Nottingham, UK: Accidents and especially deep wounds caused by sharp instruments cause blood to flow so fast that failure to stop it can lead to loss of life. It is now possible in minutes to stop the flow of blood from deep wounds with a system developed by a student.
A Lobor University student has developed a revolutionary device that is like a soft pad that penetrates a wound and stops it from bleeding. This way the blood flow can be stopped until the hospital is reached or an ambulance arrives. This system, like a cork, can stop the flow of blood from the deepest wound in just five minutes.
It was designed by Joseph Bentley, a final year student at the University of Lubbock, and has been dubbed the ‘Rapid Emergency Activating Tamponade’. Its soft part, the tamponade, is made of silicon. The second part is called the excavator which inserts the tamponade into the wound. A valve in the tamponade spreads it inside.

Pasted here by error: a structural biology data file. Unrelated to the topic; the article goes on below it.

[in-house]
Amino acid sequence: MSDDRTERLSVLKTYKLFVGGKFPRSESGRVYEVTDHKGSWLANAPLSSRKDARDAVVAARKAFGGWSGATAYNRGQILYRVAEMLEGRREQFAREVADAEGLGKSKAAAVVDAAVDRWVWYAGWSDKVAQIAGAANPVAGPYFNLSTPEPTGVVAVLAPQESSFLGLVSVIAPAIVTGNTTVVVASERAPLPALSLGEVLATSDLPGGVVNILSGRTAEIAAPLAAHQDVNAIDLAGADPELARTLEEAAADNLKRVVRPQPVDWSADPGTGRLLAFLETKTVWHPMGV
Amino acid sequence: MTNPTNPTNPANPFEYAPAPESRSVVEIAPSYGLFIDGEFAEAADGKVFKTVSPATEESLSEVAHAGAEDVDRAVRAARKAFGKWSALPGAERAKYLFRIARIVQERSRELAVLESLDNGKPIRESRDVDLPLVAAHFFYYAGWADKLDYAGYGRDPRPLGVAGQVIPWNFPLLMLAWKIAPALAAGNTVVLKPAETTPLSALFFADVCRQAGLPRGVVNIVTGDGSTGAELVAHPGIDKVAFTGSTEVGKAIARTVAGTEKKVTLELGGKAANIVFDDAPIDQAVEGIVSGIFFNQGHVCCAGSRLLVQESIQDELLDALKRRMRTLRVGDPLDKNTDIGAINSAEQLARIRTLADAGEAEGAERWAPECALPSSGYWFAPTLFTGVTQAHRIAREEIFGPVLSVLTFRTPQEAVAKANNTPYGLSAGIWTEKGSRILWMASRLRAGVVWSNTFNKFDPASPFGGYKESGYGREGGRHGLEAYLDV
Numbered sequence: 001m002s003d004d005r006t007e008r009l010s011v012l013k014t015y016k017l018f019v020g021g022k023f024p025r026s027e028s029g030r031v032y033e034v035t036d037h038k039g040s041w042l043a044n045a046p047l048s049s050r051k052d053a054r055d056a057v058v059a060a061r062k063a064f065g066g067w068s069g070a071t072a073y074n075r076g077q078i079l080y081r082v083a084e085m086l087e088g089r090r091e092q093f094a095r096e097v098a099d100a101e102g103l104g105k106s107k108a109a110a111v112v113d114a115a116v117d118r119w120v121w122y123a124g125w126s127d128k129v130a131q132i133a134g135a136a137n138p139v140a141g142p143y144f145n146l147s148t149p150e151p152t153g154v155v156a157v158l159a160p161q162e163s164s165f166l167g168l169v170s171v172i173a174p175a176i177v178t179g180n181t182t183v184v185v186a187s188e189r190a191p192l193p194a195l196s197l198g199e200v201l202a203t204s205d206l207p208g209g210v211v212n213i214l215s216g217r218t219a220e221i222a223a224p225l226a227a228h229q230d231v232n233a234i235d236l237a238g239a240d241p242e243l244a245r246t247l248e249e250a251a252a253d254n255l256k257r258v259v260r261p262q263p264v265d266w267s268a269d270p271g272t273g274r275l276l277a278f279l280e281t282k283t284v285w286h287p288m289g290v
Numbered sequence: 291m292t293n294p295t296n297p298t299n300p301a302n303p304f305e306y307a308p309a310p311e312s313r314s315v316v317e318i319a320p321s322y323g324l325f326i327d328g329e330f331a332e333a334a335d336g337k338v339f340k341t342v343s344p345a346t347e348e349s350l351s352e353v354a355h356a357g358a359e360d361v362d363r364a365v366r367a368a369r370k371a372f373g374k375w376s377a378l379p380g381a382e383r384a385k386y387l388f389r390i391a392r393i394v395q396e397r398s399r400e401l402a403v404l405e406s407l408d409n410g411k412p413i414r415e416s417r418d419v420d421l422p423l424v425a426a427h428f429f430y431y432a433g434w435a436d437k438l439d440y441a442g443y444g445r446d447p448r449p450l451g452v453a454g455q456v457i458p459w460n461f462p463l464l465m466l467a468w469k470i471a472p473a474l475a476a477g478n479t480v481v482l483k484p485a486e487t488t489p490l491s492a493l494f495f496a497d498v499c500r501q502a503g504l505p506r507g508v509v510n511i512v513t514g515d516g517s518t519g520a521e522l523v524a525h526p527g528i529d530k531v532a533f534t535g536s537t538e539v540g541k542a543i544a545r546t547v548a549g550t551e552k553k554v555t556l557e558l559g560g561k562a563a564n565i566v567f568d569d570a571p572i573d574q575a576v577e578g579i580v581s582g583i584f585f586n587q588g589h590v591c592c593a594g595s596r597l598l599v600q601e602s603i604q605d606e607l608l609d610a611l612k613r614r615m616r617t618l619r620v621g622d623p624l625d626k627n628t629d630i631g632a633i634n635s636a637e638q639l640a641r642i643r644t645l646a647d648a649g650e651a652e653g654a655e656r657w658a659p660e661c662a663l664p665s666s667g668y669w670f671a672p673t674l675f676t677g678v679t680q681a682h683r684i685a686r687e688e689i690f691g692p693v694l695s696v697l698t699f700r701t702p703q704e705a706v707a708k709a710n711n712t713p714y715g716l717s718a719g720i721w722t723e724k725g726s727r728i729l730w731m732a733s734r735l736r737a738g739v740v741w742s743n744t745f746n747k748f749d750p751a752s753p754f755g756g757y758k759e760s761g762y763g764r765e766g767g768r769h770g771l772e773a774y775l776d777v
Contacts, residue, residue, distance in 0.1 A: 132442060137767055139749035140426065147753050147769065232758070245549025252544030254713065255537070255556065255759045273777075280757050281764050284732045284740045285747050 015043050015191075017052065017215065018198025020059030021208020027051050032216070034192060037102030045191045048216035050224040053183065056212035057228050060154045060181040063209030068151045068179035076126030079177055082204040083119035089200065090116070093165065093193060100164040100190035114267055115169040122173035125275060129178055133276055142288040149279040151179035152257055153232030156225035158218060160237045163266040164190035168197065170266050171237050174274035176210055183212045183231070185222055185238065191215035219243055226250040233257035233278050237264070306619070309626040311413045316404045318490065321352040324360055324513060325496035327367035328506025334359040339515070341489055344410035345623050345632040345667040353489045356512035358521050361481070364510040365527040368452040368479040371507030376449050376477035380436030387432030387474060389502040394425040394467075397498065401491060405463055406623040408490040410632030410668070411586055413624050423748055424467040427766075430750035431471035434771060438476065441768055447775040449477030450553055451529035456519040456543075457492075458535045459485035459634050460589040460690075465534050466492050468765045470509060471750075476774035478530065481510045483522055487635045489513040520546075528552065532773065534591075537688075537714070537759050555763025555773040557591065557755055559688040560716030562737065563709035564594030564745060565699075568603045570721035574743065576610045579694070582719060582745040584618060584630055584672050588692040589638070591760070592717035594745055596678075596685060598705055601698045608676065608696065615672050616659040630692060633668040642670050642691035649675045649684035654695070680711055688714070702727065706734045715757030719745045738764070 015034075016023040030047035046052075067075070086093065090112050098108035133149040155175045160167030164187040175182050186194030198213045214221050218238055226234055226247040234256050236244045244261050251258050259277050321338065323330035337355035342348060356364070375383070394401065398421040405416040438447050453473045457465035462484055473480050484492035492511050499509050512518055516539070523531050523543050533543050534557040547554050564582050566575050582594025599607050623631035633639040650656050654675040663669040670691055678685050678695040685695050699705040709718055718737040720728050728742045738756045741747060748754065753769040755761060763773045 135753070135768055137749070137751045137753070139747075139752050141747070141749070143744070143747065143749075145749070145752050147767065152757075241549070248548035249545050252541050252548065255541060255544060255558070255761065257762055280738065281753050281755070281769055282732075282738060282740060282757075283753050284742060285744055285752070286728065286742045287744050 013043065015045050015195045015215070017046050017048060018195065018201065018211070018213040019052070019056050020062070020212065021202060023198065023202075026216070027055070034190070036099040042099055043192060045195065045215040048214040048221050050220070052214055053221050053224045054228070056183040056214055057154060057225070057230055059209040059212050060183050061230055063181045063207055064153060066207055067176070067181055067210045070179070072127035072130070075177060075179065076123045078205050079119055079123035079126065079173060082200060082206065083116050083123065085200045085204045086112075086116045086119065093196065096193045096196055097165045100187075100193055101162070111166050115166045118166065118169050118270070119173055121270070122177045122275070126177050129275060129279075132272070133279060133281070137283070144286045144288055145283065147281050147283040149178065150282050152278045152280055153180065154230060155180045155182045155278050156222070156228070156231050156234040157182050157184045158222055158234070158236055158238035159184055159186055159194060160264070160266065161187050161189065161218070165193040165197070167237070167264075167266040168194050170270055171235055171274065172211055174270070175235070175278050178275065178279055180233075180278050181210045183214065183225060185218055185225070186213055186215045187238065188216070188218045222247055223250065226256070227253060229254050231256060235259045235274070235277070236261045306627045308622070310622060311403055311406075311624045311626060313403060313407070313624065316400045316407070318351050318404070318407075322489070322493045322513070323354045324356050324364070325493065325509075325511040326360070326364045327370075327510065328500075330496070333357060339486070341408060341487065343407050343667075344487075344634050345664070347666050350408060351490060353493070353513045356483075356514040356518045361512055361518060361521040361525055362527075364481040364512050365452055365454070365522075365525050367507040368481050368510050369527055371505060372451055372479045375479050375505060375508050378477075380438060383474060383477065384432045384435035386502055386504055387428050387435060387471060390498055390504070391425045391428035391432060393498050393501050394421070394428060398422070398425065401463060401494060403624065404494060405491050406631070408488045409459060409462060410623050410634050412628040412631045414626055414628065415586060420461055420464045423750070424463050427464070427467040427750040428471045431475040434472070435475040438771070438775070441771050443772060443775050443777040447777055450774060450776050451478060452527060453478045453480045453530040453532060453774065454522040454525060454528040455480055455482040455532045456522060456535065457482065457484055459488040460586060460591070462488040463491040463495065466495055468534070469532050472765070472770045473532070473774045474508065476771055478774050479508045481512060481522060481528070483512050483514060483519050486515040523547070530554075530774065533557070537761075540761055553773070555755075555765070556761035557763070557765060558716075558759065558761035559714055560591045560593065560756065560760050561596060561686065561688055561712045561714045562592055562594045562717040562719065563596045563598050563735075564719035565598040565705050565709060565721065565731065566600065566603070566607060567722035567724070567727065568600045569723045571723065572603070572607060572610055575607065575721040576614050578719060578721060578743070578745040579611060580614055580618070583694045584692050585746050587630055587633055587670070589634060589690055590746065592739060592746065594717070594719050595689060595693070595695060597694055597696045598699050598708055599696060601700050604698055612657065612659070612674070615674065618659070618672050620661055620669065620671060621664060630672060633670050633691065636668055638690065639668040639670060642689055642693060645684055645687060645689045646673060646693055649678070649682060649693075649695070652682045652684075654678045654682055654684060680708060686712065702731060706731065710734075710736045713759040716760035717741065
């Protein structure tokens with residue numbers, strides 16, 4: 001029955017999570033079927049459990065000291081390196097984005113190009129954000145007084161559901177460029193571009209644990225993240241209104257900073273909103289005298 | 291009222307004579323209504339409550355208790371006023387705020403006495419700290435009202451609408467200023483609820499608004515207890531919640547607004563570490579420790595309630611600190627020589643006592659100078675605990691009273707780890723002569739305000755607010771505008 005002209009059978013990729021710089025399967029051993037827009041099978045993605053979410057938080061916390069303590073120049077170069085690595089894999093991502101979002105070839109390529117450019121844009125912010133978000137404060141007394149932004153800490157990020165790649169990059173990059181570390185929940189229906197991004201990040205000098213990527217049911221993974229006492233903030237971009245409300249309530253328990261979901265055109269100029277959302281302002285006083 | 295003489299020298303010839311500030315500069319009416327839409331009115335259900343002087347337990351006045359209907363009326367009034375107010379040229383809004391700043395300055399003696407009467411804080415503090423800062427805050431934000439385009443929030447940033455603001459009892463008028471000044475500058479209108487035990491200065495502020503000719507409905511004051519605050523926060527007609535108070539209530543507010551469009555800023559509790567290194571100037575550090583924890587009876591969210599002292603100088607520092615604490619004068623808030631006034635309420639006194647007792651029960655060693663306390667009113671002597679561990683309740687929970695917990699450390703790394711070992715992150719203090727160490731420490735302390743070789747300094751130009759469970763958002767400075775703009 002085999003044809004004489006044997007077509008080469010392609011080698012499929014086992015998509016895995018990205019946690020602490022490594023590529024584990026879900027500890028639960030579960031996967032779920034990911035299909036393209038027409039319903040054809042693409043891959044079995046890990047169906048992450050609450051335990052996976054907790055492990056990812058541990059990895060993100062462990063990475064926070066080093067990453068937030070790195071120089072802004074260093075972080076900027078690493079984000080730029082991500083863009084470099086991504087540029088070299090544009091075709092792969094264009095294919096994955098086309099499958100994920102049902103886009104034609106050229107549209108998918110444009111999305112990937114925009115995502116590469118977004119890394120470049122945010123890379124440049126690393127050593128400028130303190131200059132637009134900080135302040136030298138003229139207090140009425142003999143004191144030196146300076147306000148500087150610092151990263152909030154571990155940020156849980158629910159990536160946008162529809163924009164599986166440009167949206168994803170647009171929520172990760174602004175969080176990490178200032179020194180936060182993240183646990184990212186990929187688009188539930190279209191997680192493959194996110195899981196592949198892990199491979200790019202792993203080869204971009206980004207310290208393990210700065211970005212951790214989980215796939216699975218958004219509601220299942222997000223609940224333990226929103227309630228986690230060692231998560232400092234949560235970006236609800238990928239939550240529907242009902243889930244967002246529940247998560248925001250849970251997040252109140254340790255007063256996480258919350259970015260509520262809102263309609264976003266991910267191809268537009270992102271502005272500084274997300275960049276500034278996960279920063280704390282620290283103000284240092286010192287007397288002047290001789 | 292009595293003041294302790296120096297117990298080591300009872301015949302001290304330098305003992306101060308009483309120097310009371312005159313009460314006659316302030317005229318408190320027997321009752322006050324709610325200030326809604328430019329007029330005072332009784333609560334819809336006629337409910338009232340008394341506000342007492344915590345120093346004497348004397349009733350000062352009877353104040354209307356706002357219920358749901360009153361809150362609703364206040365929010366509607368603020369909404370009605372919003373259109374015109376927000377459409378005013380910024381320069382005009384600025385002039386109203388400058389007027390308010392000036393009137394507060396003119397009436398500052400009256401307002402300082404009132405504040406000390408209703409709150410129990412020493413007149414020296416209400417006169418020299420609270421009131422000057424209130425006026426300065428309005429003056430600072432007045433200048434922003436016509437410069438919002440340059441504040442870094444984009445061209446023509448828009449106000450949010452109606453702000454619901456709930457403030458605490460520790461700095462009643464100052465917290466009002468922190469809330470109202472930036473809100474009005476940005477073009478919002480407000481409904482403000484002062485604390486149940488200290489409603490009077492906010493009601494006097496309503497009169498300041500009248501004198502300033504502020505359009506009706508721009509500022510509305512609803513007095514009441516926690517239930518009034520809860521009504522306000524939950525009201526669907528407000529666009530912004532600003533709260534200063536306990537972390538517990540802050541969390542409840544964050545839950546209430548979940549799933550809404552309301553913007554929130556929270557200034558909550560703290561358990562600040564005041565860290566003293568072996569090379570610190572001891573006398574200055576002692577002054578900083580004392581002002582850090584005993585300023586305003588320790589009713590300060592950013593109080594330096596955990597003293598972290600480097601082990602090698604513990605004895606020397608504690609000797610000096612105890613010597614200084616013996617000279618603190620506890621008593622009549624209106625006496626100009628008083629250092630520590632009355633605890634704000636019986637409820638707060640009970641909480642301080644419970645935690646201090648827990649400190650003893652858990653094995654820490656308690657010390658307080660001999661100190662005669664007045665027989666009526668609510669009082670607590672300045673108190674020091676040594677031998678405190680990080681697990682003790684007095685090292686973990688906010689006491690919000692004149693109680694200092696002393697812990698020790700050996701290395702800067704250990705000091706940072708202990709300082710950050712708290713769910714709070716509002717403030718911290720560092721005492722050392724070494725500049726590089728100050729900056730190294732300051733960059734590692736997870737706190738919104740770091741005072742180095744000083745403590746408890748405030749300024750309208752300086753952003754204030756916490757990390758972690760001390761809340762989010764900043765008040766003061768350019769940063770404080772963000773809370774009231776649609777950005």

The actuator is a manual device that can be controlled by looking at the LCD on the back. The screen helps to find the right place for the body and also controls the spread of the tamponade. Interestingly, the entire system is based on a 3D printer.
It is expected to be improved soon and tested in accidents.